Also, this page seems to quote too extensively from the Principia. I'm willing to do some summarizing, as such high levels of quoting naturally tend to appear to be biased toward the quoted work. The Principia Discordia certainly does not reflect all of the opinions on Discordianism.

Finally, how would people feel about the creation of a separate Discordian Theory (or Discordian Philosophy) section, in order to separate Discordianism and the practice thereof, which often consists of simple absurdity, hedonism, and unbridled chaos, from the more serious Discordian theory put forth in the Principia, including discussions of falsifiability, the nature of knowledge, and morality? --GregoryWeir 16:07, 20 Jul 2004 (UTC)

Both sound like good ideas to me. --DenisMoskowitz 18:56, 2004 Jul 20 (UTC)
I concur. --Xoder| 01:24, Jul 21, 2004 (UTC) fnord

I find it comedic that the encyclodpedia is trying to help people understand Discordianism. The Principia Discordia explains nothing, so yes orginize it however you feel. Same with an article on Discordian theory. You're applying too much logic in your attempts to comprehend all this. When trying to understand or research Discordians through this or any book remember a commandment: If its written down its false. - Pope Sanu V, KSC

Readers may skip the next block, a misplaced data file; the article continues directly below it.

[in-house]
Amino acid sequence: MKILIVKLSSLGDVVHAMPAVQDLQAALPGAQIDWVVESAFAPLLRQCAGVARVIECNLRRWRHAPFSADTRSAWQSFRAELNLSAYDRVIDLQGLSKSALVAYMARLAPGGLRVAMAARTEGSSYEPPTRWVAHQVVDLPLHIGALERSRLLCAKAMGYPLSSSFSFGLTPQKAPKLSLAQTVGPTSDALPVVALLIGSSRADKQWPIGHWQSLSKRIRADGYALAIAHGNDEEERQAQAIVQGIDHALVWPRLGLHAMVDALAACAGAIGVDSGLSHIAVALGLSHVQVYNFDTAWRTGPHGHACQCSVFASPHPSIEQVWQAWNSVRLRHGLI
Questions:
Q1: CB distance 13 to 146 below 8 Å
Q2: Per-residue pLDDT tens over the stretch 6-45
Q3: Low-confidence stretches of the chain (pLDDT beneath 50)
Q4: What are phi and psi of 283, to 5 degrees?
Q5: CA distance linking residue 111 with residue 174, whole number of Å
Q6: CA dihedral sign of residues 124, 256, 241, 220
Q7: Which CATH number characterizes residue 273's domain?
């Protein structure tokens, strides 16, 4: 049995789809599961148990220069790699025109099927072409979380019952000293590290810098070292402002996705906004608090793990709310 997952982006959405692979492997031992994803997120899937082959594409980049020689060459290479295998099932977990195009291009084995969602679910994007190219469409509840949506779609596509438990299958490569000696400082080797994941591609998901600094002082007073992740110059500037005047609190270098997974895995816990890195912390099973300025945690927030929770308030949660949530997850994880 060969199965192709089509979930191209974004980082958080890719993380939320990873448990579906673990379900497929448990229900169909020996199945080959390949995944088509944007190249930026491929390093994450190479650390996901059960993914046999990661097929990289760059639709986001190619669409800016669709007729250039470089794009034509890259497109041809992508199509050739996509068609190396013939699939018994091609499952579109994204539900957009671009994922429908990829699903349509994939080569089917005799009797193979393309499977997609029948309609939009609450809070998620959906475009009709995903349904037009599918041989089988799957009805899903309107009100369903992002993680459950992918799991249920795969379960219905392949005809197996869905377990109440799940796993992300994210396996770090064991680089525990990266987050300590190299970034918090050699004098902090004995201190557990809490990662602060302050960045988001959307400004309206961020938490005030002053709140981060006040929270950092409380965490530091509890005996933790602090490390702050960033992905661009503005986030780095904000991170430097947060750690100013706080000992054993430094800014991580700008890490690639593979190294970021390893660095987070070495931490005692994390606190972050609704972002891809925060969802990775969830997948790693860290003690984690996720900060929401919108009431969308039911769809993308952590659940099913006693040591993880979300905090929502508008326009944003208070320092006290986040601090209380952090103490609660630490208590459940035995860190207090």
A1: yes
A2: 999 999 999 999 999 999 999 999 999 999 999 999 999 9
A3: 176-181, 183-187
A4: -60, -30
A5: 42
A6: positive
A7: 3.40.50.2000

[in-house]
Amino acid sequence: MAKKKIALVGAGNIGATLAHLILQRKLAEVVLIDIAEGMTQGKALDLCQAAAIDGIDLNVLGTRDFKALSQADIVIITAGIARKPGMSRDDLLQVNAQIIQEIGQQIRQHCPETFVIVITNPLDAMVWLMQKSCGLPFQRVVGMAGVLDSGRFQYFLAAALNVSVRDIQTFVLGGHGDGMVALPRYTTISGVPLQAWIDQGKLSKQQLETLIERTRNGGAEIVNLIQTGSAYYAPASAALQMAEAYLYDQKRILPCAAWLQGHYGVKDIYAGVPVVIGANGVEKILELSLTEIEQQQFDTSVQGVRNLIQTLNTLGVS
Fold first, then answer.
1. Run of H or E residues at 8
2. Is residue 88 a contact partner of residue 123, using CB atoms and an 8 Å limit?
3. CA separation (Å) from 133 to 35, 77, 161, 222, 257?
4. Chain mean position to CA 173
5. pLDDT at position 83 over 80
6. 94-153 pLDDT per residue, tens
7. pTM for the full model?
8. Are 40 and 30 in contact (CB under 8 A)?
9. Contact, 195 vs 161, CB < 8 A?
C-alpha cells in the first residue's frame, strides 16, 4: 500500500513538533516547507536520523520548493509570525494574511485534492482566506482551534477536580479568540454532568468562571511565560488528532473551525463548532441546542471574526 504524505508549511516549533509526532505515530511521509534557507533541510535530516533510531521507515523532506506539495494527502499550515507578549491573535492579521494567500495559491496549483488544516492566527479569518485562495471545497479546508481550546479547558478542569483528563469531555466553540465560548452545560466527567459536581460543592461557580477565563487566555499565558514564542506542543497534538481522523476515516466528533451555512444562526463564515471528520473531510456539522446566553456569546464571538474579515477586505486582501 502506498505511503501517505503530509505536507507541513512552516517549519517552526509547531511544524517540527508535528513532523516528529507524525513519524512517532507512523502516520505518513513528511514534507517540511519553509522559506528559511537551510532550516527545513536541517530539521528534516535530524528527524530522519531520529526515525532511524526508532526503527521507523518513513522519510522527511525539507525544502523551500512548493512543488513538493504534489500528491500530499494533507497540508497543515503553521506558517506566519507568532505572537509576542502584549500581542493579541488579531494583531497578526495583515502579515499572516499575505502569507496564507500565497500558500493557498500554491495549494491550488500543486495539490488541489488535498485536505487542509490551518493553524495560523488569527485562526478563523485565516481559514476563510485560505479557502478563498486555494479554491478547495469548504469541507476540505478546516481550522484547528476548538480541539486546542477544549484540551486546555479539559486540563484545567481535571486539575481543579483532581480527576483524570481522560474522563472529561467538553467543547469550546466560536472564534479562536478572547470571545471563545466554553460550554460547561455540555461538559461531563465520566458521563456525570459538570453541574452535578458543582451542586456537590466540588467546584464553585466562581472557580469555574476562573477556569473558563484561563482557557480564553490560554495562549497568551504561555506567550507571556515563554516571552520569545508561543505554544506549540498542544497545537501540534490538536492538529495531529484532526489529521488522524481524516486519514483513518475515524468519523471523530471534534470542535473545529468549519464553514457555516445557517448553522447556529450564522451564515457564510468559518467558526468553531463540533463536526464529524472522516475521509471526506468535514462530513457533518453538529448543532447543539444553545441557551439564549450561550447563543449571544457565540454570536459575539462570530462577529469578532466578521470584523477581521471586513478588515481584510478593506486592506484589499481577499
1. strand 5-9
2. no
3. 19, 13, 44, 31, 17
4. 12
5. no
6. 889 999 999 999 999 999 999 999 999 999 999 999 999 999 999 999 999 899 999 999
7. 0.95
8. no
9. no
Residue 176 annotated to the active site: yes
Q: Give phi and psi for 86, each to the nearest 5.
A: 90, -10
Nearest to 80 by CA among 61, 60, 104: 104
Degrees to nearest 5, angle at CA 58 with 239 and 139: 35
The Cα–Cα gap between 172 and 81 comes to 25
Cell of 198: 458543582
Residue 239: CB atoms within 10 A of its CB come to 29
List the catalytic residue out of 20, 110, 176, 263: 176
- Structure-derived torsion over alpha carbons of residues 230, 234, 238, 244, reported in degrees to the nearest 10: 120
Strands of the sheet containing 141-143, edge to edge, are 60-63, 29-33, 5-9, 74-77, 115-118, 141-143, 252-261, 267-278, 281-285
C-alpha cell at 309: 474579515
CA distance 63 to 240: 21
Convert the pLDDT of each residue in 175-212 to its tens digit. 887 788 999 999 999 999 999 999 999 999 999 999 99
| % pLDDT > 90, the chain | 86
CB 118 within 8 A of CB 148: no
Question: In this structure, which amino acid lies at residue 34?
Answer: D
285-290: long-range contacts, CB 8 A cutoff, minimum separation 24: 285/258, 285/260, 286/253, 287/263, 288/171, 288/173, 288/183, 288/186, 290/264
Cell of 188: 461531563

Pope Sanu is correct, even though he wrote it down. If you know Discordianism, then you have forgotten it. If you understand Discordianism, then you are confused. Therefore, the attempts to explain Discordianism in a logical manner should be encouraged. - Pope Cabbage 07:32, 30 August 2006 (UTC)
"If you think the PRINCIPIA is just a ha-ha, then go read it again." -Page 00075. There are five secrets explained in the Principia: A Sermon on Ethics and Love(00038), The Curse of Greyface (00042), The Sacred Chao (00049), The Introduction of Negativism (00063), and Nonsense as Salvation (00074). Check them out. (By the way, I still intend to get around to working on this.) --GregoryWeir 17:42, 21 Jun 2005 (UTC)

All Rites Reversed